Figure 1. The 60.71 ct diaspore displaying color change and chatoyancy under fluorescent light (left) and incandescent light (right). Photos by Shunsuke Nagai.
A 60.71 ct cabochon was recently submitted to the Tokyo lab for identification (figure 1). Diaspore, α-AlO(OH), is one of the main aluminum minerals in bauxites, along with gibbsite, γAl(OH)3, and boehmite, γAlO(OH). It is often observed as inclusions in rubies. Diaspore is also a gem in its own right, although it is very brittle and has perfect cleavage. The birefringence blink method revealed refractive indices of 1.69 and 1.74 and that the stone was biaxial. A dichroscope revealed strong trichroism: yellowish green, purple, and brown. The Raman spectrum was consistent with diaspore in the RRUFF reference database (R060287).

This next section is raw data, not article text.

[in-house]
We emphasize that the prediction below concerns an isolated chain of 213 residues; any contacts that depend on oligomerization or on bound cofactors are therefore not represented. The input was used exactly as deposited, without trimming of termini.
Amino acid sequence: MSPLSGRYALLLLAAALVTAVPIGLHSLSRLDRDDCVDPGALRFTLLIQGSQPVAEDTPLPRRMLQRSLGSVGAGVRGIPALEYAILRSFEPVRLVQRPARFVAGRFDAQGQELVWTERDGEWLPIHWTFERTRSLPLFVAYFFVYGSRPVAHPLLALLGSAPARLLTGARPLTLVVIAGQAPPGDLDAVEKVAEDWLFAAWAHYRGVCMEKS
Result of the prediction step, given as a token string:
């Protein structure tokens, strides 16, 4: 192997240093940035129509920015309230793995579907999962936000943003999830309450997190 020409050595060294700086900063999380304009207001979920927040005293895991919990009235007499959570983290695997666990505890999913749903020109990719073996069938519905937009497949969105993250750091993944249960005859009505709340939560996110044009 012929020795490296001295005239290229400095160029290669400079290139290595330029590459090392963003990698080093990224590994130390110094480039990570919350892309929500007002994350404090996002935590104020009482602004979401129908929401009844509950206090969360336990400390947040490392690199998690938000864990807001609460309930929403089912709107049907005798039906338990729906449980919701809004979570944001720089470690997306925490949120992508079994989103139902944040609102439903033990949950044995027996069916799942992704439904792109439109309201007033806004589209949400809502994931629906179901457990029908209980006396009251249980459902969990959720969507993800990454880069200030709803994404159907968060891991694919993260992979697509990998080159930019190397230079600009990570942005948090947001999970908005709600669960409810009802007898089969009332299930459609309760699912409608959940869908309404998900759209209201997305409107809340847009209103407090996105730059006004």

The hue of this stone changed from greenish yellow under daylight or fluorescent light to pinkish brown under incandescent light. Diaspore’s color change can be caused by the chromophores Cr3+, V3+, and Fe2+–Ti4+ pairs (C. Shen and R. Lu, “The color origin of gem diaspore: Correlation to corundum,” Winter 2018 G&G, pp. 394–403). Color-change diaspores are sometimes known in the trade as “Zultanite” or “Csarite.”
Chatoyant phenomena are usually the result of many long, thin, and closely spaced parallel needles or fibers, combined with cutting of a cabochon in the correct orientation to optimize the reflection of light off of these parallel inclusions. In this stone, the chatoyancy was caused not only by needles and/or tubes but also by the combination of iridescent reflective thin films or fissures in various shapes from ultrafine to wide, aligned along repeated cleavages (figure 2). Although some fissures reached the surface, no clarity enhancement was detected in this diaspore.
Source: gia.edu Taku Okada